Living so far from home can be very difficult at times, especially during the holiday season. It’s at these times that I always feel a bit down and nostalgic…reminiscing over family memories and thinking about how now I’m missing out on the new memories and not being a part of those traditions. That’s why, of the many things I am thankful for this year, one things that shines above others is my friendship with the group of women I work with-who I truly consider my ‘family’ abroad. They helped me through many things, taught me how to do my job successfully, called people and translated messages in Turkish, shared vacations together, and welcomed me with open arms into their homes as a member of their family. We often joke that we are ‘sisters or like aunts and nieces’, and I have to say that these relationships sometimes make those moments when I am feeling so far from ‘home’ seem not so very far after all.
My roommate and I always try to stick to traditions and honor the holidays. Every year we have a big Thanksgiving dinner. Our 1st year we invited nearly everyone we knew and had almost 30 people in our tiny apartment. Through the years as many of our friends left Turkey and in dealing with increasingly busy work schedules, we have cooked less and less. This year, Thanksgiving fell on my roommate’s Fall Break from her school and she booked a trip abroad. I unfortunately did not have a week-long vacation, although I did have Wednesday and Thursday off. It would be my first big holiday without my roommate and best friend in years, and as much as I would miss her, I still wanted to spend the holiday with ‘family’.
So I invited my colleagues and their kids and told them to come over Thursday during the day as that day was doubly important. It was not only Thanksgiving, but it was also Teacher’s Day here in Turkey. In case you haven’t guessed by now, yes…we are teachers! What better way to celebrate than with a group of teachers, all foreigners like me, with their children, and lots of food? Many of my other close friends were out of town or at work but this wonderful group was a perfect match for the day.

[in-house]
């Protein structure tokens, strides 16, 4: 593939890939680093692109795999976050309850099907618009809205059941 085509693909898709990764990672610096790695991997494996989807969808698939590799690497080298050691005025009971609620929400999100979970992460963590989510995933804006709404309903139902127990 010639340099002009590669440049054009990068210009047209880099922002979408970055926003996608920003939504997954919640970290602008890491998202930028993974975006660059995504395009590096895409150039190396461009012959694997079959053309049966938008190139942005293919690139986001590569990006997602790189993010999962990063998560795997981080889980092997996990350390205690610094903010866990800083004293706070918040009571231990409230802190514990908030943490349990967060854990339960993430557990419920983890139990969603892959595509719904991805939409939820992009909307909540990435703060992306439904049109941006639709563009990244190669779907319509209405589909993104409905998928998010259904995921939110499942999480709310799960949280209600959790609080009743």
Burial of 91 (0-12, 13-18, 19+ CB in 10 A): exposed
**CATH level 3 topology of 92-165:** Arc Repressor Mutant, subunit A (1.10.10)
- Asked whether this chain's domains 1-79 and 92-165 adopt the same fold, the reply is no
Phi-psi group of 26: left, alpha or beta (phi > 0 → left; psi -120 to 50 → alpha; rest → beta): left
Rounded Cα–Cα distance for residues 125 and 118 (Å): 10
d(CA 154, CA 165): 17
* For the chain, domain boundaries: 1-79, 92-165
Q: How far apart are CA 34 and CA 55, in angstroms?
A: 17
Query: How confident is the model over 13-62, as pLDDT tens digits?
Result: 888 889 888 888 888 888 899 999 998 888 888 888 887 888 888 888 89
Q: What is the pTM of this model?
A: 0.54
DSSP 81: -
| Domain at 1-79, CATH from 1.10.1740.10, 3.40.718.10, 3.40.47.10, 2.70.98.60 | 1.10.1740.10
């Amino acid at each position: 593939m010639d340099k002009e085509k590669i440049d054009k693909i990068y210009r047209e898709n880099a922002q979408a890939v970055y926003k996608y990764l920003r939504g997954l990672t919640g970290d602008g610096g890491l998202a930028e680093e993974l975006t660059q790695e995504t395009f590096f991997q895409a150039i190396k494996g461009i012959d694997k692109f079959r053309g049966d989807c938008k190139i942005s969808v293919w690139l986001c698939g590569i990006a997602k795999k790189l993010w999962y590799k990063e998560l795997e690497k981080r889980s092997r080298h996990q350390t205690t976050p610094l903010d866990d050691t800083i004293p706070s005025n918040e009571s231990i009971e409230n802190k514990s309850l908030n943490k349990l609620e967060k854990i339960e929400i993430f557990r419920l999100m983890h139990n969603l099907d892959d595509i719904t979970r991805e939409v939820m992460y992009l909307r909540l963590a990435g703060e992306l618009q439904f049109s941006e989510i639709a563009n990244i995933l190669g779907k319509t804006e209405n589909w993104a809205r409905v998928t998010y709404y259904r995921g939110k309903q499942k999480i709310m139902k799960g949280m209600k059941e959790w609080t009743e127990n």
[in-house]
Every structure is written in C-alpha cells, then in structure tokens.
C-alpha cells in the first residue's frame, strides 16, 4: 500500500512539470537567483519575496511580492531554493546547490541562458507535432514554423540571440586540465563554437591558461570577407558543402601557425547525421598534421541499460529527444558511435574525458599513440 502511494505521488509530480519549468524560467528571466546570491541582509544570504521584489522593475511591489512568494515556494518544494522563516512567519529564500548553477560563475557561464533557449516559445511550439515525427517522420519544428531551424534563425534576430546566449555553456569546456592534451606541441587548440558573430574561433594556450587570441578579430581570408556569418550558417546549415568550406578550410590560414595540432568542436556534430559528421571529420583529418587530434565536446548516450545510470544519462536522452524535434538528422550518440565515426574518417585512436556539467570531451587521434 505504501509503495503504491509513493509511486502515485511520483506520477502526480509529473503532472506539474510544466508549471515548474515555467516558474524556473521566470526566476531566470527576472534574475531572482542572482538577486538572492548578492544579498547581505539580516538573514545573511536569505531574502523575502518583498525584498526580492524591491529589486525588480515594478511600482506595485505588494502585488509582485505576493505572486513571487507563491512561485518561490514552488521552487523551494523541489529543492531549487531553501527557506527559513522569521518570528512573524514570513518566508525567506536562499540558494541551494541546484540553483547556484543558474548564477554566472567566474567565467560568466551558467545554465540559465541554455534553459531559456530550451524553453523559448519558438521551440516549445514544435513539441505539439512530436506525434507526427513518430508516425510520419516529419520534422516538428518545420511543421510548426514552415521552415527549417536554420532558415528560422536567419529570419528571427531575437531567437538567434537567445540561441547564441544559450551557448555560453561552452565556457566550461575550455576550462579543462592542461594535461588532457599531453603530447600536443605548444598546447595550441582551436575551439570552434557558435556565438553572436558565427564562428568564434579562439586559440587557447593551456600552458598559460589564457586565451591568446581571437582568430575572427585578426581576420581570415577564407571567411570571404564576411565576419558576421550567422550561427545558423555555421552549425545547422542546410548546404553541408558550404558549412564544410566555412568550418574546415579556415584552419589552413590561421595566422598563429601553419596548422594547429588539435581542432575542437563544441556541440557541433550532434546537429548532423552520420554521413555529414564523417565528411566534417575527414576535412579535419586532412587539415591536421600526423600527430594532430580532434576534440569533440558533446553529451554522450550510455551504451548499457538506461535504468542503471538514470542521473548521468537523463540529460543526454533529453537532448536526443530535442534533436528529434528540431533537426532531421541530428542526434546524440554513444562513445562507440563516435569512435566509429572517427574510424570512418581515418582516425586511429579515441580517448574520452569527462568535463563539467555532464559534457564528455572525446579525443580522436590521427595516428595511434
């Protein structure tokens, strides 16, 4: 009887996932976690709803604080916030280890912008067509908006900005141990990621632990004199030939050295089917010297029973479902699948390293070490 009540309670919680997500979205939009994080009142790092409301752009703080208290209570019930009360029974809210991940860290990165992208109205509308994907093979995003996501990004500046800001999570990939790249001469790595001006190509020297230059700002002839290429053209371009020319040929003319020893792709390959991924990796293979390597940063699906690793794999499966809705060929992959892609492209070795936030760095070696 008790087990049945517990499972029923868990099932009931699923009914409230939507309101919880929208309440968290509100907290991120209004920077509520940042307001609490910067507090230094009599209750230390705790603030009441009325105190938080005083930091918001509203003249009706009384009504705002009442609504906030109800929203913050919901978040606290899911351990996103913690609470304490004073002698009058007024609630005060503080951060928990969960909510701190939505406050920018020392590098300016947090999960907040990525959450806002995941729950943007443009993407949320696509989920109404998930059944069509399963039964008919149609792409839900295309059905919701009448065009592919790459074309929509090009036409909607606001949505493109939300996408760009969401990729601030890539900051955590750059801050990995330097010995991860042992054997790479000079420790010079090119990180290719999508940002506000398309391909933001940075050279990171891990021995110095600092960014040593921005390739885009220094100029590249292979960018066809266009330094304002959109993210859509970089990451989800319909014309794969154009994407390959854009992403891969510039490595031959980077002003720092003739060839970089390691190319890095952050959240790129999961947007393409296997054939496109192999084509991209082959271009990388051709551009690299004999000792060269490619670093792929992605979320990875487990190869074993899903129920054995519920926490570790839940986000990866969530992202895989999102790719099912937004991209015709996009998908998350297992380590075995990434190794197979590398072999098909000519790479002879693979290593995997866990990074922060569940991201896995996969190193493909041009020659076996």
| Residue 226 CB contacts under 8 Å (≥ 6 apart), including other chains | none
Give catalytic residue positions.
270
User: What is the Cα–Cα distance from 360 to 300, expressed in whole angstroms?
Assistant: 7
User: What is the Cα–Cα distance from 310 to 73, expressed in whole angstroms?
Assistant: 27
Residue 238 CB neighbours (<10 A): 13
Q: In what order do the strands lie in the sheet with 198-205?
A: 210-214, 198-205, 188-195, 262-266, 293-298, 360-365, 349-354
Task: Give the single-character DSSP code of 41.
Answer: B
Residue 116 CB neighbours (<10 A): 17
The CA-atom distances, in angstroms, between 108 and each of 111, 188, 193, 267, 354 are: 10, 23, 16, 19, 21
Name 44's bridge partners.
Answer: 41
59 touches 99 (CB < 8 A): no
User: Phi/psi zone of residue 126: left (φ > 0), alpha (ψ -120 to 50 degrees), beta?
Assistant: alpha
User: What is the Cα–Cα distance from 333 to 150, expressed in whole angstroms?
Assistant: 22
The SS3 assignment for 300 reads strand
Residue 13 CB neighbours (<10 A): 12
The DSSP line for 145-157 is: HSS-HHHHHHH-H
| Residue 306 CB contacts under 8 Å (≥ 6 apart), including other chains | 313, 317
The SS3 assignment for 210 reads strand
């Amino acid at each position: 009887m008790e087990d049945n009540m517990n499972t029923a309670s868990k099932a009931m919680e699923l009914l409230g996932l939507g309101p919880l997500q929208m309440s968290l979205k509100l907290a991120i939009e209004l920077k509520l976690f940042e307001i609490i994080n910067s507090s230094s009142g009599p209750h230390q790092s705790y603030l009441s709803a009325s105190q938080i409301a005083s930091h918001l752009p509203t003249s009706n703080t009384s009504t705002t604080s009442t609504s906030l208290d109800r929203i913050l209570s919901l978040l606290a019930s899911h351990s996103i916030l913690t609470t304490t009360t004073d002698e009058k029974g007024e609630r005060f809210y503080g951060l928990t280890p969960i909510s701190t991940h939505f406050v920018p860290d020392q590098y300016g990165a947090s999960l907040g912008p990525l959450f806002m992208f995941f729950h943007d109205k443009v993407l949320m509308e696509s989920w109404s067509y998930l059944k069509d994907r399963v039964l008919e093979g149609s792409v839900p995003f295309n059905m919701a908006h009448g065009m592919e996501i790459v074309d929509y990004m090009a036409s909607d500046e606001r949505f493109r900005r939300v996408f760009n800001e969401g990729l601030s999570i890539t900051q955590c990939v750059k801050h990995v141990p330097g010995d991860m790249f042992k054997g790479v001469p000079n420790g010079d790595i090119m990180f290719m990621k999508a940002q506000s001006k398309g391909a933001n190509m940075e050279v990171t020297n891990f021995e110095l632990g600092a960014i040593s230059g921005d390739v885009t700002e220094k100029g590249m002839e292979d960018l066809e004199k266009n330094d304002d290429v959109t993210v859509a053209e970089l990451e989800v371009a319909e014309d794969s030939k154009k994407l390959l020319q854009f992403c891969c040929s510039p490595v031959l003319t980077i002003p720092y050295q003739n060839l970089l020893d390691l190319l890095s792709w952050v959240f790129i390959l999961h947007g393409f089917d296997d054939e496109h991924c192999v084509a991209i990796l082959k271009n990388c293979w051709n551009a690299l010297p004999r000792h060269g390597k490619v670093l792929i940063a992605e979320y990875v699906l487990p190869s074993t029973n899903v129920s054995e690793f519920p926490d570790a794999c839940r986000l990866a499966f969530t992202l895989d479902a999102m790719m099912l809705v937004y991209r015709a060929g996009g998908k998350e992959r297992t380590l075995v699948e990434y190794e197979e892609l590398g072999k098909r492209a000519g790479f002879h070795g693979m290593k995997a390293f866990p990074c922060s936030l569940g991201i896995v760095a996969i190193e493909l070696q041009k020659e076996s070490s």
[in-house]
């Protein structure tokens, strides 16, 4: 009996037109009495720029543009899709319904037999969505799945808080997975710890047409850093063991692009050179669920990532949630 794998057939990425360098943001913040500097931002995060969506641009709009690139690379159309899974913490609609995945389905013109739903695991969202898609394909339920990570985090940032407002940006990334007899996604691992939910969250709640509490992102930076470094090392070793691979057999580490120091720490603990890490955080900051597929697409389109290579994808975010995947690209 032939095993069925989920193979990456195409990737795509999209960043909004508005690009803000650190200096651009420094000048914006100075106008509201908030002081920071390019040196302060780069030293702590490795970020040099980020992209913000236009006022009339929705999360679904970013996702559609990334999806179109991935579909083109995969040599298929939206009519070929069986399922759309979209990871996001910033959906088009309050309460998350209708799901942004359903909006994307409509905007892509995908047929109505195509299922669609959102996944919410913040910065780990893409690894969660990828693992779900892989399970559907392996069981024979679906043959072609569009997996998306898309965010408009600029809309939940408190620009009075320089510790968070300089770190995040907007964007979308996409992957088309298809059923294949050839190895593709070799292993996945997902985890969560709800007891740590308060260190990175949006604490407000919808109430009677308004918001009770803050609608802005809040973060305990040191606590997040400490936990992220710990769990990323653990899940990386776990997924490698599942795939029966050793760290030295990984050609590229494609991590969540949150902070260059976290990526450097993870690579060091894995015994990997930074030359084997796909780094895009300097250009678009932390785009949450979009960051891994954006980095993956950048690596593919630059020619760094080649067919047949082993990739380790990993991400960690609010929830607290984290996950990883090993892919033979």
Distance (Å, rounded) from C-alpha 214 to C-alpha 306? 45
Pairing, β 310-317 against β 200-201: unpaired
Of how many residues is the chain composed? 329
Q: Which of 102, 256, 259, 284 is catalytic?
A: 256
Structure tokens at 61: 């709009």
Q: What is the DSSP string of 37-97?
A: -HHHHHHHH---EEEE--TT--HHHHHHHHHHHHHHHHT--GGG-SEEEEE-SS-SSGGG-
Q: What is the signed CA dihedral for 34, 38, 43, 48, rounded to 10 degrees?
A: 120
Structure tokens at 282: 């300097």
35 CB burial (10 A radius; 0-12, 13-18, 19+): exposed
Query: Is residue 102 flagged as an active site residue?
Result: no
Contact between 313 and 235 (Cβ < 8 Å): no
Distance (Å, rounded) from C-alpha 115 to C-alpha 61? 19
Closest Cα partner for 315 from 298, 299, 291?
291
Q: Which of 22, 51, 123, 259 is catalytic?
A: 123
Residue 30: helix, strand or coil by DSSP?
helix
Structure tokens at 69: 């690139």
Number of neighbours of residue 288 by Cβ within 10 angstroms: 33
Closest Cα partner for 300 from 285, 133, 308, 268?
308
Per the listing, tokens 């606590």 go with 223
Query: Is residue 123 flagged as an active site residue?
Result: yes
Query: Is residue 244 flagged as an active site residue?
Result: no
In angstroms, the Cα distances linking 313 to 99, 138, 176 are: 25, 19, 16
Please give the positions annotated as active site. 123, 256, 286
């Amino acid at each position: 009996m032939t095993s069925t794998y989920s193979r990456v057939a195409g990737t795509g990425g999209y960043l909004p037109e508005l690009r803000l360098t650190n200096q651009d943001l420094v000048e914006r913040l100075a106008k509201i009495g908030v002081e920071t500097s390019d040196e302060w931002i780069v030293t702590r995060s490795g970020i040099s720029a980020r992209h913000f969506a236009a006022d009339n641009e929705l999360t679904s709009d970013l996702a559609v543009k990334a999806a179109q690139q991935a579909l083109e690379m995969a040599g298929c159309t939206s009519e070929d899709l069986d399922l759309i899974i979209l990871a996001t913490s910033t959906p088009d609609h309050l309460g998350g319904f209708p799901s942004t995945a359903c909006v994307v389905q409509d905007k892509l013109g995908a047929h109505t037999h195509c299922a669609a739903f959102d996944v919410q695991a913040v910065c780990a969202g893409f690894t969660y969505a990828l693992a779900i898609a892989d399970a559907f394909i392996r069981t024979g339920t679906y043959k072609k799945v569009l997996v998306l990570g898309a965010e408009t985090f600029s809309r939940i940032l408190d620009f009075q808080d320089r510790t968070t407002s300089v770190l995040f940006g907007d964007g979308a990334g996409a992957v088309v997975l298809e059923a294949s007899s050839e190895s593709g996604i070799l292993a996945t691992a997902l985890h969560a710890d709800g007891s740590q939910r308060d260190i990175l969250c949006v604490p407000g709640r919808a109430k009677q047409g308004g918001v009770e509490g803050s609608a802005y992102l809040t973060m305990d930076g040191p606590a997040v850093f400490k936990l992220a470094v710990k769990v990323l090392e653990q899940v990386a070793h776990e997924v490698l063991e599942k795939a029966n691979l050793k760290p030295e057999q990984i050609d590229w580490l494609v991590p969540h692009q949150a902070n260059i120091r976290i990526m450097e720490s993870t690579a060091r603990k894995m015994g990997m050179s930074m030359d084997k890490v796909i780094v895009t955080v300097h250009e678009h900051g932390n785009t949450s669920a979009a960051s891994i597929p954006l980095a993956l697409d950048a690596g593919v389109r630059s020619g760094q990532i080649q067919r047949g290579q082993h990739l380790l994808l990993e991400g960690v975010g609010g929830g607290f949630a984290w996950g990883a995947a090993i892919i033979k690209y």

As I was running in and out of the kitchen trying to balance what was coming out of the oven next and putting my friend’s oldest daughter to work at making the sweet potato casserole topping, and getting out the crayons and coloring books for the little kids I remember looking around and just feeling very happy. This felt like home. This felt like being at my grandma’s house with all the little cousins…all the chaos… everyone talking at once …everyone hungry and everyone part of a family.
Growing up, my Thanksgiving was usually split every few years between spending it with
my dad’s family in Virginia or driving down to my mom’s family in the deep south. Whether we made the drive down to Mississippi or not, we still always had several of my grandma’s dishes-my mom’s mom (Big Mama to me). Even now-so far away- if I am cooking for Thanksgiving I have to make Big Mama’s cornbread dressing. There’s something so special about it that I almost want to cry when I eat it. With one bite I remember Thanksgiving and Christmas and being with the whole family- staying up late and talking for hours with my mom and Big Mama, my great grandmother Ella, and my aunts. I’m sure the men were there somewhere, but my memories always involve the women of the household…and they are always filled with so much love.